Today is Election Day in southwest Missouri. It will be remembered for all time as the tea-partiest election in a tea party time (I hope).
1) Proposition C. The main referendum, popularly known as "Prop C" in a nod to both street cred and fruit punch, Prop C declares that Missouri will not prosecute anyone for violating the federal health insurance mandate. Which sounds great, except the whole point of the mandate is to enroll everyone so that costs fall due to the increased risk pool (and help will be available for the poorest among us). It would supposedly drive costs lower to the everyday taxpayer than our overpriced charity system now. And the doomsayers who think of this mandate as socialism redux should know that it's actually a boon for private insurance companies, who will receive plenty of new, healthy customers. It's not great, but it's a start toward the public option and/or socialized medicine of which the mandate is a pale shadow of compromise.
Also, Prop C is useless because state law cannot supersede federal law. Even its proponents know this, and consider it a symbolic statement against big gubmint. Because nothing calls for reduced government spending like the expensive lawsuit the federal government will file against Missouri if this thing is passed. So, really, there's no reason for anyone of any political persuasion to vote for this.
Still, there have been a lot of patriotic appeals over Prop C. Would you believe the word "freedom" pops up a lot? I can't wrap my mind around the idea that lacking health coverage is some kind of God-given freedom. Taking away all of the greedy (and any other) ulterior motives for this stance, there's only one genuine argument to be made for this: that people shouldn't be forced to buy something they don't want. OK. But there's one problem with that: when those people get sick and need care, the rest of us have to pay for it regardless. Which is a large-scale example of exactly the kind of thing they claim to be against. It's the same principle behind seat belts — you might think they restrict freedom, but they also restrict your freedom to be thrown out of a car and become a part of someone's now-recurring nightmare. Which is definitely a time when you'll wish you weren't free from health care.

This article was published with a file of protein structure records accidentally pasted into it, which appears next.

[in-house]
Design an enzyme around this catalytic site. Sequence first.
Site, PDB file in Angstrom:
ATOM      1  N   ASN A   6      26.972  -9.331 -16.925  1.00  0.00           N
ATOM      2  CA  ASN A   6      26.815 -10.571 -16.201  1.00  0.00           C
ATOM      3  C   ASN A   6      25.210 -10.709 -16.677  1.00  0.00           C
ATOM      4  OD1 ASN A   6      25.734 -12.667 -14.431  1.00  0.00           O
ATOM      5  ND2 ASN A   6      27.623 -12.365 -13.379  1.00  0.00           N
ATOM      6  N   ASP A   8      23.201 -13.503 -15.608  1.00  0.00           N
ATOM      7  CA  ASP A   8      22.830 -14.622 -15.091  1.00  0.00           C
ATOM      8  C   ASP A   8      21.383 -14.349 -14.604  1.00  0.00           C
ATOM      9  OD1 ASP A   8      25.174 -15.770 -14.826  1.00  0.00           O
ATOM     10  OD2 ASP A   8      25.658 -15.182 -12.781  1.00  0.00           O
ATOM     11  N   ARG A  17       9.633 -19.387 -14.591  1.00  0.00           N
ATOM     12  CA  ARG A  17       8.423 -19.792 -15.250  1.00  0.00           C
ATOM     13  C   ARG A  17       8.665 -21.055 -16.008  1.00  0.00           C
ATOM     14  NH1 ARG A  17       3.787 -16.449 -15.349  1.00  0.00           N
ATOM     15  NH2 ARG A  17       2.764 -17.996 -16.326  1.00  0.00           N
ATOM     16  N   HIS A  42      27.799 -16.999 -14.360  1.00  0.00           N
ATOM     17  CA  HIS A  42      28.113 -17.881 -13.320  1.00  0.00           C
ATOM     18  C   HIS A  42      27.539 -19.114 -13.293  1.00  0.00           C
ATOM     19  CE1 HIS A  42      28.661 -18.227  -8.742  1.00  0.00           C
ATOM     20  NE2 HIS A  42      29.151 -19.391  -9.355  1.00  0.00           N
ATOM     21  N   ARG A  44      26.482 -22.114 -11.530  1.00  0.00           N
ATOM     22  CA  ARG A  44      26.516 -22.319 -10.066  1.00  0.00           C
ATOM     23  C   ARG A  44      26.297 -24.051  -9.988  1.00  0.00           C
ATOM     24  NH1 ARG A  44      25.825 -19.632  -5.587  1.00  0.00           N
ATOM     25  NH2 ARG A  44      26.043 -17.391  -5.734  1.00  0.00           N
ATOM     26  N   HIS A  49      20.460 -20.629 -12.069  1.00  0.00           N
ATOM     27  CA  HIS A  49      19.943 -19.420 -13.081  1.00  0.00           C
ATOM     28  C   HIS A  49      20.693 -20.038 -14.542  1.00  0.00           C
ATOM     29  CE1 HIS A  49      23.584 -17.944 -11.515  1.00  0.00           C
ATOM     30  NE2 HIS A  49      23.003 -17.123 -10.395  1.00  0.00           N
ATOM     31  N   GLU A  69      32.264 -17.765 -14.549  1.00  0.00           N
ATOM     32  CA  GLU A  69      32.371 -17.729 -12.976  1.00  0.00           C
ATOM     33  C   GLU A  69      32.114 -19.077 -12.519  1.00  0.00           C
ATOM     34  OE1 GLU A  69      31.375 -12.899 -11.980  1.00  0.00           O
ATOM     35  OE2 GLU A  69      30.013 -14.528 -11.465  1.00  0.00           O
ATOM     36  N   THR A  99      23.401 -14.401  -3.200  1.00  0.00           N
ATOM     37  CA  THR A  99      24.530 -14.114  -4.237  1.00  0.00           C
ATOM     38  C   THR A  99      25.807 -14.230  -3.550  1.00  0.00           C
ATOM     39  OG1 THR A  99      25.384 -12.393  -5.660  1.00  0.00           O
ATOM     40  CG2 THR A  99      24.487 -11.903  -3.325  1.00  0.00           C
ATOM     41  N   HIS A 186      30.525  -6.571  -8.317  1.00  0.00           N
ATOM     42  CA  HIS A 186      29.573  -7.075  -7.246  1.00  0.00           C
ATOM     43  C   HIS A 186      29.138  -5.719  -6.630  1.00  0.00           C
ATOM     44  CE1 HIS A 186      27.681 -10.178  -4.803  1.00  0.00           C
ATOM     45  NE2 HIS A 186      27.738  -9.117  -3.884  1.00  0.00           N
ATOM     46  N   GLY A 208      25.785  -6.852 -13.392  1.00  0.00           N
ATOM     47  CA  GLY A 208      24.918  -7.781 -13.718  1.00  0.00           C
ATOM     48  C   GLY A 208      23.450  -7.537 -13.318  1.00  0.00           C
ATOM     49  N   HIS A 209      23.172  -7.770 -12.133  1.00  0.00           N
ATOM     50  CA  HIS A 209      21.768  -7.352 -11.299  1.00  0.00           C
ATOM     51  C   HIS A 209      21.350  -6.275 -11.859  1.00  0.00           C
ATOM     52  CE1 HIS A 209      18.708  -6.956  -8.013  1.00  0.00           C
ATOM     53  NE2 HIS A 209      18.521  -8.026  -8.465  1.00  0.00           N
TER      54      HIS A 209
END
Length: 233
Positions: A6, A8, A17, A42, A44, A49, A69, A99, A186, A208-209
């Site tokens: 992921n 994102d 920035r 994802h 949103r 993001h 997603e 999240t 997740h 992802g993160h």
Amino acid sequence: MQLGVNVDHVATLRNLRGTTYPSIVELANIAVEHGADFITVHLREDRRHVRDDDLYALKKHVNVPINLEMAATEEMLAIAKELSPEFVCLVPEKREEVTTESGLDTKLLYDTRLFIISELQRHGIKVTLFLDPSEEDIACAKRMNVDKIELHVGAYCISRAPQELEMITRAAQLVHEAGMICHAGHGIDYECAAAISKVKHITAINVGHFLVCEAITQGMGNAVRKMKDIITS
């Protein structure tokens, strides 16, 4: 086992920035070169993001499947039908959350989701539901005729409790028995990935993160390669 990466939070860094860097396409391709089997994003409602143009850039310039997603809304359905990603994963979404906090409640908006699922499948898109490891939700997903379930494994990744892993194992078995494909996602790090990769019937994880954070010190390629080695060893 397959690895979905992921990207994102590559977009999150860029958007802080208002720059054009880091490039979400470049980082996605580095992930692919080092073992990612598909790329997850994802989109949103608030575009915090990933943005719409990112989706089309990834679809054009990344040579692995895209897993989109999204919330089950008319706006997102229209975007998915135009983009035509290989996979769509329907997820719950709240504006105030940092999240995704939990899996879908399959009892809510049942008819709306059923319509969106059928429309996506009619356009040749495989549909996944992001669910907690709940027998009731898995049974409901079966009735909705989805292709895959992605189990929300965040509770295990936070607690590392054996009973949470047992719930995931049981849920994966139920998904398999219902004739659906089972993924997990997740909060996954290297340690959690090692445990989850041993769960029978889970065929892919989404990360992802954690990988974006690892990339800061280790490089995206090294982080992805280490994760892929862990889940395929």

2) It's a Republican primary in the age of tea. There is actually a commercial that ends with the candidate saying, "I not only approve this message, I approve of you being a patriot." The spot itself doesn't list any real campaign platform, other than that the troops are good guys. It reminds me, as politics so often does, of an old MAD magazine article: "You might be a wrestling fan if you chant, 'U-S-A! U-S-A!' in a match between a guy from Texas and a guy from Michigan!"
I've opined for years how ridiculous many Republican campaign ads are, with hilariously unsubtle appeals to the flag and family values, and how the word "conservative" is any combination of boasted and scrolling across the screen in 54-point font. But what really strikes me, even after all these years, is how conservatives have hijacked every American word there is. I used to find this amusing in the early Bush era — but in the age of Glenn Beck, it takes on a sinister new bent. These people seem absolutely convinced that their opponents are (or can be painted as) anti-American saboteurs, and that they're the only choice if you love your country. Think about that when you're pondering who should be your county's recorder of deeds.
3) Speaking of loving America and upholding the Constitution... All but one of the seven GOP candidates for the U.S. House seat in the 7th District support repeal of the 17th Amendment, which gave the people the right to vote for their senators. Seriously.
4) Career politicians baaaaad! The opposite extreme? Goooooood.
5) Very few Democrats are up for a primary vote today. That's either a sign of party unity or party apathy. Not sure which. Nevertheless, there are plenty of decent, well-intentioned people running on both sides who are worthy of consideration. They tend to buy fewer ads.
Let's have a super Tuesday, Missouri.